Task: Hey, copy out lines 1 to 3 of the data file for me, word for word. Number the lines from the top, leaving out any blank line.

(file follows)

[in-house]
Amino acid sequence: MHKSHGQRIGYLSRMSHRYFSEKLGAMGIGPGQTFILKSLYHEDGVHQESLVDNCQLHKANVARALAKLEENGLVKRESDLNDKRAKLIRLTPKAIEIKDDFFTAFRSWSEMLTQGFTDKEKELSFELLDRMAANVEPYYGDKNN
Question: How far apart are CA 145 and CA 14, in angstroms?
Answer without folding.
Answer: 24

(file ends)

[in-house]
Amino acid sequence: MHKSHGQRIGYLSRMSHRYFSEKLGAMGIGPGQTFILKSLYHEDGVHQESLVDNCQLHKANVARALAKLEENGLVKRESDLNDKRAKLIRLTPKAIEIKDDFFTAFRSWSEMLTQGFTDKEKELSFELLDRMAANVEPYYGDKNN
Question: How far apart are CA 145 and CA 14, in angstroms?